Overcoming barriers, building lives
Blair Sackett and Annette Lareau, We Thought It Would Be Heaven: Refugees in an unequal America, University of California Press / A Naomi Schneider Book, Oakland CA, 2023, pp 289.
Reviewed by Mike Makin-Waite
This is a beautifully written and clear book about the sometimes-ugly issues and often confusing situations which many refugees experience as they arrive in the United States and seek to make their lives there.
It is also an inspiring book, vividly relaying the views and feelings of members of families from the Democratic Republic of the Congo during their initial years in the US, showing how some ‘street level bureaucrats’ (workers with government agencies), police officers, teachers, clergy, volunteers and ordinary members of the public help and assist the refugees: the authors highlight many instances of small steps and relatively modest actions which have made important and positive differences to peoples’ lives.
Throughout We Thought It Would Be Heaven, Blair Sackett and Annette Lareau interleave thoughtful critique of public policy, and (in helpful appendices) provide evidence of their methodology, discuss ‘the scholarly debates’ on the issues covered, and detail theories and concepts which will be helpful to other ‘activists, workers, and policymakers’ who want to ‘help refugee families thrive’, whether in the US or elsewhere.
The stories of remarkable people like Honoria Kimenyerwa, and of Malu Malu and Mariamu Mahamba, show how refugees’ hopes and prospects for ‘incorporation’ into American society can be blocked and stalled: those of Joseph and Georgette Ngoma and of Alain and Vana Msafiri show the possibility of ‘successful, albeit precarious, upward mobility journeys’, in spite of the socially structured and racial barriers which they faced, together with others. All of these case studies are about ‘persistence and survival’, as people navigate multiple bureaucracies and develop skills in overcoming barriers and arguing their case to increasing effect.
Sackett and Lareau identity and categorise the institutional obstacles that refugees need to overcome: ‘hurdles’, such as requirements for long-lost paperwork; ‘knots’, for example when one small error such as a name being misspelled on a form halts someone’s path to receiving crucial social services and ‘food stamps’, with knock-on effects which take time to unravel and are dizzyingly complex to resolve; and negative ‘reverberations’, where small problems ‘metastasise’ (such as a misunderstanding about whether a modest bill has been paid turning into a negative ‘credit score’ which blocks someone from taking on a mortgage years later). The authors note how such problems are compounded when, sometimes, unfortunately, petty and discriminatory actions by some people working in frontline services ‘can capriciously … thwart clients’.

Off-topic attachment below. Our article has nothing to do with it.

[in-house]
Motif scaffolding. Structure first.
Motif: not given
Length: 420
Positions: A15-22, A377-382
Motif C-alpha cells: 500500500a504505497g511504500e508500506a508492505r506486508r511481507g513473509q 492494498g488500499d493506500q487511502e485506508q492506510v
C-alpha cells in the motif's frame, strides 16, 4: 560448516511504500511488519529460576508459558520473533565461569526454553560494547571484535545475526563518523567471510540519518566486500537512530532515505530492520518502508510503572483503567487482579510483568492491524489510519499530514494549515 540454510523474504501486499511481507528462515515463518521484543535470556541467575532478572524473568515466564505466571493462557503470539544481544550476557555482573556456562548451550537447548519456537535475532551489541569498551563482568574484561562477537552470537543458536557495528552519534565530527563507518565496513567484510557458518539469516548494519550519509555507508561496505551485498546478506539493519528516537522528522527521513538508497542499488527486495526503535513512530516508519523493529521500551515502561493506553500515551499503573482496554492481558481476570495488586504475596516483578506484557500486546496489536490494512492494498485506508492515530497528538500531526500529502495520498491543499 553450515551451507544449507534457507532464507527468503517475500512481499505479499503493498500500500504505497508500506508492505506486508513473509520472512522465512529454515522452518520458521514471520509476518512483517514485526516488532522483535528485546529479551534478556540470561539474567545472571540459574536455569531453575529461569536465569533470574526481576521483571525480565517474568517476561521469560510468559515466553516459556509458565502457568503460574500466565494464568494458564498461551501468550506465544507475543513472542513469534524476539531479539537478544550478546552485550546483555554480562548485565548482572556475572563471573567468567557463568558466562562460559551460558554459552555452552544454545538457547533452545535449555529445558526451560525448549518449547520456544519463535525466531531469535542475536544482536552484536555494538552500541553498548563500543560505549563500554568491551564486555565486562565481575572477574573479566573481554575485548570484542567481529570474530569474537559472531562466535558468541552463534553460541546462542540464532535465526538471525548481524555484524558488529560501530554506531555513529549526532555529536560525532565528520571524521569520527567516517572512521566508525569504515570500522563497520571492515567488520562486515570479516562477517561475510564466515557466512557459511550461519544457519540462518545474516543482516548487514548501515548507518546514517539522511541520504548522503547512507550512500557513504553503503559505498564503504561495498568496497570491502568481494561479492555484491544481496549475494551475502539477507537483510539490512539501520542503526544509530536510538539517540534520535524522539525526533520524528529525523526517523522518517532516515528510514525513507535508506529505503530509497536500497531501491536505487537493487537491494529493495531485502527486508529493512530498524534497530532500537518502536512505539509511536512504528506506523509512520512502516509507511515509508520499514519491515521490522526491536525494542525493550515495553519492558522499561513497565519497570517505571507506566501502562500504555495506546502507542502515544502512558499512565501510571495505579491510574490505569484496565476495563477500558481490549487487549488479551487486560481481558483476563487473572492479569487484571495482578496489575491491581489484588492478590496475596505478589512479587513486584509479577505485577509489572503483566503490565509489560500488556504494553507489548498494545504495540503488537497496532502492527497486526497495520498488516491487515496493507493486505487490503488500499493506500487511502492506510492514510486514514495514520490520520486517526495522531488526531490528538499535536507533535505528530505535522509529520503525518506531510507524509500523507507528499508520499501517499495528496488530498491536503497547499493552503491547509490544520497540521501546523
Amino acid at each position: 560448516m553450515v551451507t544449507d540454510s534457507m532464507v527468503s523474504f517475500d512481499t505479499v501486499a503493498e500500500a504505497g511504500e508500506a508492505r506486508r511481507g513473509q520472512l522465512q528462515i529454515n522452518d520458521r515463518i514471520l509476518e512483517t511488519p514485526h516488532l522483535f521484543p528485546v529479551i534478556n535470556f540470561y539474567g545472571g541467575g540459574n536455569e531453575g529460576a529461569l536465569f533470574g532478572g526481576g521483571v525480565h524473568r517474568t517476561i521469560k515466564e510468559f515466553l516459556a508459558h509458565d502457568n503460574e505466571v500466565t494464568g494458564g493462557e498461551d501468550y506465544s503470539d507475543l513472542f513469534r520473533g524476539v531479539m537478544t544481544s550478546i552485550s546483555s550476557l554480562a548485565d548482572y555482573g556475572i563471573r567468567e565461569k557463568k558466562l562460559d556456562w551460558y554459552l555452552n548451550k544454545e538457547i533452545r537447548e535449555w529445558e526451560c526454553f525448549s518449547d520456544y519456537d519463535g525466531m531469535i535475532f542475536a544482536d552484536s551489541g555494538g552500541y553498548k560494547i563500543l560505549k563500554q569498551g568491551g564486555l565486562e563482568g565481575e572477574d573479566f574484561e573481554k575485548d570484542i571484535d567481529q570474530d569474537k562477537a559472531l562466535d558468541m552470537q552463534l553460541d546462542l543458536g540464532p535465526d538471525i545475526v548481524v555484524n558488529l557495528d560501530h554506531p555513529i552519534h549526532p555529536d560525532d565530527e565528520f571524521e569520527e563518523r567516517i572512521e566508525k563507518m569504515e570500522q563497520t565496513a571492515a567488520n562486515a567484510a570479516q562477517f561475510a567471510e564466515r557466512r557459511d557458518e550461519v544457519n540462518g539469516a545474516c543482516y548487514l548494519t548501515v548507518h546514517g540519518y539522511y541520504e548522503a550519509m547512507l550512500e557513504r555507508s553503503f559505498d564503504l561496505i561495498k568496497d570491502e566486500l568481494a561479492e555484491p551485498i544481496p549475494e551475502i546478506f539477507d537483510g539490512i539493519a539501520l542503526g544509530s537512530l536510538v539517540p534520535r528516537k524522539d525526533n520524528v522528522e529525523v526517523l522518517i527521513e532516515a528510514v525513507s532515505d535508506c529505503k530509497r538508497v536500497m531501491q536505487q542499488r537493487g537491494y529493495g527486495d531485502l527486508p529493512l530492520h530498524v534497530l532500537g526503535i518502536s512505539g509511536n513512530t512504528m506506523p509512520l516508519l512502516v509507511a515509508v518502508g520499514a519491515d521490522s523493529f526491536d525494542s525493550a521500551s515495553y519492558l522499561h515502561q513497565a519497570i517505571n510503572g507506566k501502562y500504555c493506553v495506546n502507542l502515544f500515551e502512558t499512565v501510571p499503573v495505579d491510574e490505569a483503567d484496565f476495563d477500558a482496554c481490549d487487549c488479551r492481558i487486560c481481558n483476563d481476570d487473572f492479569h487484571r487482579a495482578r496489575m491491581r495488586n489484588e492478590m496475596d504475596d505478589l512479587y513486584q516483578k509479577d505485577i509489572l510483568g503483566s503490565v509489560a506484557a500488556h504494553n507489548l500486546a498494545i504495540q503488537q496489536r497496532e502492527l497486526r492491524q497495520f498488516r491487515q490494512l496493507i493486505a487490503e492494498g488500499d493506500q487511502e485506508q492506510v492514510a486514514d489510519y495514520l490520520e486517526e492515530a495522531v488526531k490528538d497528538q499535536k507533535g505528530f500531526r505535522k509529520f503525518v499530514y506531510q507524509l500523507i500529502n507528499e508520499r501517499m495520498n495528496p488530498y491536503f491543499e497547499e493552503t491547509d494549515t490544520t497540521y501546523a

Thankfully, there are also multiple examples of ‘what helps’: hard and creative work by resettlement agency workers; the efforts of ‘cultural brokers’ who help refugees navigate frustrating complexities, including by ‘speaking bureaucracy’ on their behalf, showing how to pay a bill or open a bank account, explaining cultural dynamics and helping with children’s homework. Such people are often volunteers, perhaps neighbours or church members: there are also the ‘institutional insiders’ who are in paid roles but who, rather than adding to the obstacles which refugees face, go over and beyond their official duties, taking time to clarify how a process works, problem-solving, and providing practical assistance which is not about offering ‘special favours’ but is about enabling people to access services and necessary resources to which they are properly entitled. Such ‘help’ includes sorting out ‘mishaps’ with Supplemental Security Income payments; accompanying refugees as they deal with uncoordinated public agencies whose culture is defined by ‘byzantine processes and a blizzard of paperwork’; and advocacy work on issues in multiple areas including health, housing, work, and education.
The authors conclude by pointing out positive directions for policy makers. In spite of the many frustrations faced by the refugee families they have come to know through their research, and the undeniable fact that the US is a ‘land of inequality’, deeply scarred by systemic racism and poverty, Sackett and Lareau affirm that the US is also a ‘land of freedom and opportunity’. As they state, for the country to ‘honour our core values and make good on our nation’s humanitarian promises’, there’s a need to ‘reconsider  how we can better offer pathways to opportunities for refugees, as well as other immigrants’. Summarising the bureaucratic nightmares which people like Honoria, Mariamu, Joseph, and Georgette have faced, they argue that ‘a better approach is to streamline policies and to make it easier for those who need support to access it’.
Review published November 2023.